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1.  Glycemic Control and Radiographic Manifestations of Tuberculosis in Diabetic Patients 
PLoS ONE  2014;9(4):e93397.
Background
Radiographic manifestations of pulmonary tuberculosis (TB) in patients with diabetes mellitus (DM) have previously been reported, with inconsistent results. We conducted a study to investigate whether glycemic control has an impact on radiographic manifestations of pulmonary TB.
Methods
Consecutive patients with culture-positive pulmonary TB who had DM in three tertiary care hospitals from 2005–2010 were selected for review and compared with a similar number without DM. Glycemic control was assessed by glycated haemoglobin A1C (HbA1C). A pre-treatment chest radiograph was read independently by two qualified pulmonologists blinded to patients’ diabetic status. Films with any discordant reading were read by a third reader.
Results
1209 culture positive pulmonary TB patients (581 with DM and 628 without DM) were enrolled. Compared with those without DM, TB patients with DM were significantly more likely to have opacity over lower lung fields, extensive parenchymal lesions, any cavity, multiple cavities and large cavities (>3 cm). The relative risk of lower lung field opacities was 0.80 (95% CI 0.46–1.42) for those with DM with A1C<7%, 2.32 (95% CI 1.36 - 3.98) for A1C 7%–9%, and 1.62 (95% CI 1.12–2.36) for A1C>9%; and that of any cavity over no cavity was 0.87 (95% CI 0.46–1.62) for patients with DM with A1C<7%, 1.84 (95% CI 1.20–2.84) for A1C 7%–9%, and 3.71 (95% CI 2.64–5.22) for A1C>9%, relative to patients without DM.
Conclusions
Glycemic control significantly influenced radiographic manifestations of pulmonary TB in patients with DM.
doi:10.1371/journal.pone.0093397
PMCID: PMC3974751  PMID: 24699457
2.  In Vitro Evaluation of the Inhibitory Potential of Pharmaceutical Excipients on Human Carboxylesterase 1A and 2 
PLoS ONE  2014;9(4):e93819.
Two major forms of human carboxylesterase (CES), CES1A and CES2, dominate the pharmacokinetics of most prodrugs such as imidapril and irinotecan (CPT-11). Excipients, largely used as insert vehicles in formulation, have been recently reported to affect drug enzyme activity. The influence of excipients on the activity of CES remains undefined. In this study, the inhibitory effects of 25 excipients on the activities of CES1A1 and CES2 were evaluated. Imidapril and CPT-11 were used as substrates and cultured with liver microsomes in vitro. Imidapril hydrolase activities of recombinant CES1A1 and human liver microsomes (HLM) were strongly inhibited by sodium lauryl sulphate (SLS) and polyoxyl 40 hydrogenated castor oil (RH40) [Inhibition constant (Ki) = 0.04±0.01 μg/ml and 0.20±0.09 μg/ml for CES1A1, and 0.12±0.03 μg/ml and 0.76±0.33 μg/ml, respectively, for HLM]. The enzyme hydrolase activity of recombinant CES2 was substantially inhibited by Tween 20 and polyoxyl 35 castor oil (EL35) (Ki = 0.93±0.36 μg/ml and 4.4±1.24 μg/ml, respectively). Thus, these results demonstrate that surfactants such as SLS, RH40, Tween 20 and EL35 may attenuate the CES activity; such inhibition should be taken into consideration during drug administration.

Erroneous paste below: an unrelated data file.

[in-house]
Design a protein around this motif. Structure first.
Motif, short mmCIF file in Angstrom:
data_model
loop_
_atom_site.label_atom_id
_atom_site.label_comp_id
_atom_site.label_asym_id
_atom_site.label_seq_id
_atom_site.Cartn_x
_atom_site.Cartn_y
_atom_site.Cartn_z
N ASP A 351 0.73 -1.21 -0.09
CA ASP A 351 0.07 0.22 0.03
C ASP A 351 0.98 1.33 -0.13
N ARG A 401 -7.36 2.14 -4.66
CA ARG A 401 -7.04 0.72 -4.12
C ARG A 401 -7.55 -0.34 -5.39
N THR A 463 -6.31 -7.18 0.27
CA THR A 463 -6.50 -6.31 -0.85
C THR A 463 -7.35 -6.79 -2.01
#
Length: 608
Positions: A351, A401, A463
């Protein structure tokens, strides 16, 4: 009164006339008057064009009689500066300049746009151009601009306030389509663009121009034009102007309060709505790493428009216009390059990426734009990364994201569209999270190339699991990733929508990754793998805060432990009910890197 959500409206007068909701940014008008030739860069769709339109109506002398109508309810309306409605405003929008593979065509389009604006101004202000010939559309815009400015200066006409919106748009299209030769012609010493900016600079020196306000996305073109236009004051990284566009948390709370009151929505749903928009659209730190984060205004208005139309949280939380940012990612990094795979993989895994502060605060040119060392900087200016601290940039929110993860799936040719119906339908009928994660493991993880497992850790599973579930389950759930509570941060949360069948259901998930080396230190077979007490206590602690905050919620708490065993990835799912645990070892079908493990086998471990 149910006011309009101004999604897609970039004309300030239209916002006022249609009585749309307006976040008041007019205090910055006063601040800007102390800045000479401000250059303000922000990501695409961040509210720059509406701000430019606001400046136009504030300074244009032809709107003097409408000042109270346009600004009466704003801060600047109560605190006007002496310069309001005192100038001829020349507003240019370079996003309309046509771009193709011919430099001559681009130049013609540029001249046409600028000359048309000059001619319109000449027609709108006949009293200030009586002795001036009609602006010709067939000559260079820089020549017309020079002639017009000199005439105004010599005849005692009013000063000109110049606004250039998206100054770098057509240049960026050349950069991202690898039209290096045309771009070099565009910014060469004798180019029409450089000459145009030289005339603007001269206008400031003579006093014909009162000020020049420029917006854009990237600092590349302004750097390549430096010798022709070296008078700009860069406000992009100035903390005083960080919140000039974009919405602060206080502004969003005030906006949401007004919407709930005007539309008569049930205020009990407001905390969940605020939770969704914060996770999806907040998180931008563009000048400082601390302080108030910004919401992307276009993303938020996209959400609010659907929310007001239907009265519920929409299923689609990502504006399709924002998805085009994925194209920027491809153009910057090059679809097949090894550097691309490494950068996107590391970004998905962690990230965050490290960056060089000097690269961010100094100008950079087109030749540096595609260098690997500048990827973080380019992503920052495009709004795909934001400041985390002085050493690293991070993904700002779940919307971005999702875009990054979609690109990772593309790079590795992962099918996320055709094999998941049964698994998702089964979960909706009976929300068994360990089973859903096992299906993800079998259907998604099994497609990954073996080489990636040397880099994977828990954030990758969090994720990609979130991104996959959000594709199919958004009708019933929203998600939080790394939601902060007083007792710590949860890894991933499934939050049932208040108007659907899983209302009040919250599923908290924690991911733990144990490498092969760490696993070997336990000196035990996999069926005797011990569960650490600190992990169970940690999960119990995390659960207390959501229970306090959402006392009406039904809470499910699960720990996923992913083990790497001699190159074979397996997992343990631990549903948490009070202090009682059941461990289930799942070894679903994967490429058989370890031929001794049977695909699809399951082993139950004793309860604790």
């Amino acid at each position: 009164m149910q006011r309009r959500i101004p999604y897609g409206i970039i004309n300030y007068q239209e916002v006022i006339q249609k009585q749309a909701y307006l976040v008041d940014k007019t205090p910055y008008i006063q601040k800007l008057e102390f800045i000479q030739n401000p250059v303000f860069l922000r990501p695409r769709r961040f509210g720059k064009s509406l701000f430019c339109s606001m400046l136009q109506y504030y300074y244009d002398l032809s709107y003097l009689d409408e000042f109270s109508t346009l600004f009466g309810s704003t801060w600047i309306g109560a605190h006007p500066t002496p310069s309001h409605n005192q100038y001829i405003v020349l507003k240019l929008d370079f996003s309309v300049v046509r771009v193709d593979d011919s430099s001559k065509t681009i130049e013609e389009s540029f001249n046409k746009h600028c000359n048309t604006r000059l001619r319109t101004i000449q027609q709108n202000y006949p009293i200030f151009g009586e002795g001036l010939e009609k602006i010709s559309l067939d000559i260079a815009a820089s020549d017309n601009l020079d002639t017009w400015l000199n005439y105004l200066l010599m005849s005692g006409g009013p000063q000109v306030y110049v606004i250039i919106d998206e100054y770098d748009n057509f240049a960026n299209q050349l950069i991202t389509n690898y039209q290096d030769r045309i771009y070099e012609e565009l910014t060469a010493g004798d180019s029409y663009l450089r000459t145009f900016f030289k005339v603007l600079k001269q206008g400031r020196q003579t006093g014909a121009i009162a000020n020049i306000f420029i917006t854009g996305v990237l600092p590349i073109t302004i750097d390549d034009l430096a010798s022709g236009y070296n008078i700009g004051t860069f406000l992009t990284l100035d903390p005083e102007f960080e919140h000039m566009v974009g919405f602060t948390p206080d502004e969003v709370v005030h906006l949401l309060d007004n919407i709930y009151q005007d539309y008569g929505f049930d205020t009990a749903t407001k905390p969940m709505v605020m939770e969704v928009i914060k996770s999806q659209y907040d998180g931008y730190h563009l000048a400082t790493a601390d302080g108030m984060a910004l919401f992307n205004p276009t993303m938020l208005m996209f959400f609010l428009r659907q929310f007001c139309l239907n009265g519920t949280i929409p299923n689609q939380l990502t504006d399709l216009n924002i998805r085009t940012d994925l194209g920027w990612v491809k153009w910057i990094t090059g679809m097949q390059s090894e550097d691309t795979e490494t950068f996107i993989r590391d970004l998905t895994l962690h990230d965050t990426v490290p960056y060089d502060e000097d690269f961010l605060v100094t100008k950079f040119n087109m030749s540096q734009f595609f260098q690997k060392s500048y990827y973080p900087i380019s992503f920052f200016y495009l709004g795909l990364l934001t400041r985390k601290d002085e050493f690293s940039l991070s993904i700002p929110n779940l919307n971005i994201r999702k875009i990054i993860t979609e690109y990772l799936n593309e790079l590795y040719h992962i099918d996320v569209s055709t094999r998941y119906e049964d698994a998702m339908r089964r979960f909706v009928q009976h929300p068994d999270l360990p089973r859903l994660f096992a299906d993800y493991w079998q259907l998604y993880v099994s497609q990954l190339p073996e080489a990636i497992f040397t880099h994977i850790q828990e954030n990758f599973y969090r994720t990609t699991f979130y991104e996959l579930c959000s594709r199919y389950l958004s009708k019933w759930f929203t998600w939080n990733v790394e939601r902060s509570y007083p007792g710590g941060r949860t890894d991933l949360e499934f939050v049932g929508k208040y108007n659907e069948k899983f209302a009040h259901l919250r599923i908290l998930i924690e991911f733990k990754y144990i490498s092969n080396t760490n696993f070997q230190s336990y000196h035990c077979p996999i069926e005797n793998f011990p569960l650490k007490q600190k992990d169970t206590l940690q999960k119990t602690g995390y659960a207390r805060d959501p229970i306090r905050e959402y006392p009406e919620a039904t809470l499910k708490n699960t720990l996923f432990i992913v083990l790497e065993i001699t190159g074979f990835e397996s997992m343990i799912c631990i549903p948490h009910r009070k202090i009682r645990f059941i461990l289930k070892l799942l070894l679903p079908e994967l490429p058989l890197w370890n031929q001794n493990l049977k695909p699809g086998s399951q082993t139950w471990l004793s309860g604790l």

doi:10.1371/journal.pone.0093819
PMCID: PMC3974814  PMID: 24699684
3.  Bile Salt Export Pump is Dysregulated with Altered Farnesoid X Receptor Isoform Expression in Patients with Hepatocellular Carcinoma 
Hepatology (Baltimore, Md.)  2013;57(4):1530-1541.
As a canalicular bile acid effluxer, bile salt export pump (BSEP) plays a vital role in maintaining bile acid homeostasis. BSEP deficiency leads to severe cholestasis and hepatocellular carcinoma (HCC) in young children. Regardless of the etiology, chronic inflammation is the common pathological process for HCC development. Clinical studies showed that bile acid homeostasis is disrupted in HCC patients with elevated serum bile acid level as a proposed marker for HCC. However, the underlying mechanisms remain largely unknown. In this study, we found that BSEP expression was severely diminished in HCC tissues and markedly reduced in adjacent non-tumor tissues. In contrast to mouse, human BSEP was regulated by farnesoid x receptor (FXR) in an isoform-dependent manner. FXRα2 exhibited a much more potent activity than FXRα1 in transactivating human BSEP in vitro and in vivo. The decreased BSEP expression in HCC was associated with altered relative expression of FXRα1 and FXRα2. The FXRα1/FXRα2 ratios were significantly increased with undetectable FXRα2 expression in one third of the HCC tumor samples. Similar correlation between BSEP and FXR isoform expression was confirmed in hepatoma Huh 7 and HepG2 cells. Further studies showed that intrahepatic proinflammatory cytokines interleukin-6 (IL-6) and tumor necrosis factor-alpha (TNF-α) were significantly elevated in HCC tissues. Treatment of Huh 7 cells with IL-6 and TNF-α resulted in a marked increase in the FXRα1/FXRα2 ratio concurrent with a significant decrease in BSEP expression. In conclusion, BSEP expression was severely diminished in HCC patients associated with alteration of FXR isoform expression induced by inflammation, and the restoration of BSEP expression through suppressing inflammation in the liver may re-establish the bile acid homeostasis.
doi:10.1002/hep.26187
PMCID: PMC3608797  PMID: 23213087
BSEP; FXR; HCC; Bile acids; Gene regulation
4.  Palmitoyl Acyltransferase, Zdhhc13, Facilitates Bone Mass Acquisition by Regulating Postnatal Epiphyseal Development and Endochondral Ossification: A Mouse Model 
PLoS ONE  2014;9(3):e92194.